By Eboné Parks
The Birmingham Times
Count Tony Petelos among those who have an affinity for Cooper Green Mercy Health Services. The chief executive officer of Jefferson County was at the Sixth Avenue South facility one day several years ago when he wasn’t feeling well.
“I was there for a meeting, and I wasn’t feeling right,” Petelos recalled. “I went to the urgent care, and the doctor said, ‘You need to go see your urologist.’ I went to see my doctor, and he diagnosed me with bladder cancer. I’m not afraid to go to Cooper Green. It’s a well-run organization,” said Petelos, who has made a full recovery.
He’s not the only person pleased with facility. Stories like Petelos’s have been repeated by a number of patients, including Maralyn Mosley, a longtime patient who had been a vocal and frequent critic of the Jefferson County Commission’s decision to downsize Cooper Green Mercy Hospital.
“I think we are moving in the right direction,” Mosley said. “Cooper Green has added new, much-needed services to its clinics. And it seems that the patient count, the census, is picking up. People are coming back.”
Mosley said she is encouraged to see that the clinic now provides podiatric, geriatric, and orthopedic services, as well as several new internists.
Once a 319-bed inpatient hospital, Cooper Green Mercy transitioned to a medical-service clinic after a majority of the Jefferson County Commission voted to close the inpatient care unit and emergency room in August 2012. On Jan. 1, 2013, Cooper Green Hospital closed and began operating as an urgent care center with primary clinics.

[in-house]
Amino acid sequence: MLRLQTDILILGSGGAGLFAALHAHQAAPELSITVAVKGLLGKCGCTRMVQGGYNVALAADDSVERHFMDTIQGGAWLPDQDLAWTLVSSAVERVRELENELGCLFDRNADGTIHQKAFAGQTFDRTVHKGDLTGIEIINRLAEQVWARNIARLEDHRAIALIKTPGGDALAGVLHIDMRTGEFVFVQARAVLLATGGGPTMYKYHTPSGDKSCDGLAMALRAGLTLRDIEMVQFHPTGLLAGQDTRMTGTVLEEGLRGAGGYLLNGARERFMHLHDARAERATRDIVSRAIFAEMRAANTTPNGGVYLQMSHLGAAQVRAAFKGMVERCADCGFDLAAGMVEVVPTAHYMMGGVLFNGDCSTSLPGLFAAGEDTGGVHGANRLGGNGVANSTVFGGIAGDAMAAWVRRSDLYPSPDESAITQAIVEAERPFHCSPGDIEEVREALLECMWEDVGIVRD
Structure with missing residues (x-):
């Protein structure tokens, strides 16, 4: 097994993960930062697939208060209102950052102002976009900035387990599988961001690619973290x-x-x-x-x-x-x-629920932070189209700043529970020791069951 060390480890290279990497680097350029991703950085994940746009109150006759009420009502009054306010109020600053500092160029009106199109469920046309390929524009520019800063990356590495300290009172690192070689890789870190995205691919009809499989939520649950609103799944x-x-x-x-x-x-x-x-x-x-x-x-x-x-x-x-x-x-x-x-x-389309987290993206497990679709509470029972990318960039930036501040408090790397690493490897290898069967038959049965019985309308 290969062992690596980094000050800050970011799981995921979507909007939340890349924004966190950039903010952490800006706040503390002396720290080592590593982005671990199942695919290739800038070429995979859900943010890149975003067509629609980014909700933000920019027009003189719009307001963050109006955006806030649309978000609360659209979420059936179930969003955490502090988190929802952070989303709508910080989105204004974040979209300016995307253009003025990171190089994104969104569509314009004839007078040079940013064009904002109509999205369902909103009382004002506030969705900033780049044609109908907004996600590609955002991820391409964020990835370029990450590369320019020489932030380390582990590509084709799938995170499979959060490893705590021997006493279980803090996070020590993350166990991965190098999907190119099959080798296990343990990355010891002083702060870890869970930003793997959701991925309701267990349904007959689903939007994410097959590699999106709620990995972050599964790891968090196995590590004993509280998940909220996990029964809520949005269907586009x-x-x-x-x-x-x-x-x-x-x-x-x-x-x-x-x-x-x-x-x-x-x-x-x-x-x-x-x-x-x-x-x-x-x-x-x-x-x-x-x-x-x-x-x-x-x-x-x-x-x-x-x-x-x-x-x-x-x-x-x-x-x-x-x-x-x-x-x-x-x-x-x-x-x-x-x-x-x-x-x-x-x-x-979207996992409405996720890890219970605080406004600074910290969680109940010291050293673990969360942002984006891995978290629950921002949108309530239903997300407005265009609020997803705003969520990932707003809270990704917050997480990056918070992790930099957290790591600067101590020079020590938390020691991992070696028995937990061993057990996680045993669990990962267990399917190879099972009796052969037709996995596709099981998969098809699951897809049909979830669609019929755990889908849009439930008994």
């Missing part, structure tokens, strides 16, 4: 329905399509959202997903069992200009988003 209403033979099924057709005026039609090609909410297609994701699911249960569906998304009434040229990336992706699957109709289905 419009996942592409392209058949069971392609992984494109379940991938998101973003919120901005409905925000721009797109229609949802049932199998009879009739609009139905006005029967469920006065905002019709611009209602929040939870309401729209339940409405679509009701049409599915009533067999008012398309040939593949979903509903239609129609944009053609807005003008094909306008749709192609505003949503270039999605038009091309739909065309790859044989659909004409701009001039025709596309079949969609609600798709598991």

Closing the inpatient care unit and emergency room was painful, but it was the right thing to do, said Roger McCullough, chief executive officer of Cooper Green.
“When you come to Cooper Green, you not only get comprehensive health care, but you truly get world-class health care,” he said. “I can’t imagine why people go anywhere else. We’re doing everything.”
Jefferson County Commission President Jimmie Stephens, who was among the majority on the commission that voted for the downsizing, said he has been pleased by the turnaround.
“The key has been sound management practices with a focus on improving patient care,” he said. “The key is enhancing patient care, and coupling that with the desire and ability to improve each individual’s quality of life.”
Along with Stephens, commissioners David Carrington and Joe Knight voted to downsize the hospital; commissioners Sandra Little Brown and George Bowman voted against the move.
Then known as Mercy Hospital, Cooper Green opened in October 1972. The Alabama state legislature in 1965 designated a portion of sales and liquor taxes collected in Jefferson County for indigent care. Those funds were used to build and operate the hospital and provide medical care for county residents who were unable to pay.
The social and cultural significance of Cooper Green made the county-owned facility one of the most sensitive issues for elected state and local officials. The decision to make changes caused tumult across the metro area and led to protests by community activists and some local politicians.
In 2013, Cooper Green Mercy Health Services (CGMHS) began operating as a full-service ambulatory care facility that includes both primary and specialty care, as well as urgent care, laboratory services, radiology, a pharmacy, and other services—all in a single location. In addition, there is an onsite pharmacy, a podiatrist, and an eye clinic.
“The only services we don’t provide are transplants,” McCullough said. “Any other medical services anyone needs, they have it when they walk in the door.”